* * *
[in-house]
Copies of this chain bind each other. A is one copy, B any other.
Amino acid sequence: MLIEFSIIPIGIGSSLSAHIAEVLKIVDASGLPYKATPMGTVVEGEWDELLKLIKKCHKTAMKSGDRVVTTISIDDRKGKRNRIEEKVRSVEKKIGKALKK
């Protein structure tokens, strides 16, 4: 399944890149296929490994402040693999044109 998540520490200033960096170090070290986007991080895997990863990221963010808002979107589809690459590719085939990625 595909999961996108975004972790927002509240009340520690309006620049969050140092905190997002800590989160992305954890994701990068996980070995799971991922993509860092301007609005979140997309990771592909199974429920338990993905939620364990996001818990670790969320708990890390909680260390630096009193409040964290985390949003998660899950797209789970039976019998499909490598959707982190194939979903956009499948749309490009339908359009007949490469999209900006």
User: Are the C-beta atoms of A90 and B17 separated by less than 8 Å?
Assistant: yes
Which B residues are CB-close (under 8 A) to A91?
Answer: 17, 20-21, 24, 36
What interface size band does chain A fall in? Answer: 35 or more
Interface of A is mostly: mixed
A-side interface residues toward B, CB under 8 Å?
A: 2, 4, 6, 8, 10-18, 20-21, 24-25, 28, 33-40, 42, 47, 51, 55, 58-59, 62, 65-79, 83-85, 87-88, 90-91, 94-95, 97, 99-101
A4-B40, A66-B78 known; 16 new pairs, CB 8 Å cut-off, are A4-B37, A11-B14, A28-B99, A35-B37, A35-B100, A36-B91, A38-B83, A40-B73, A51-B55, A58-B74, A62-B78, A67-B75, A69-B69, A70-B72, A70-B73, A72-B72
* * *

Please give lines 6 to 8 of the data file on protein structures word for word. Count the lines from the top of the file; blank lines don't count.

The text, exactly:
Assistant: yes
Which B residues are CB-close (under 8 A) to A91?
Answer: 17, 20-21, 24, 36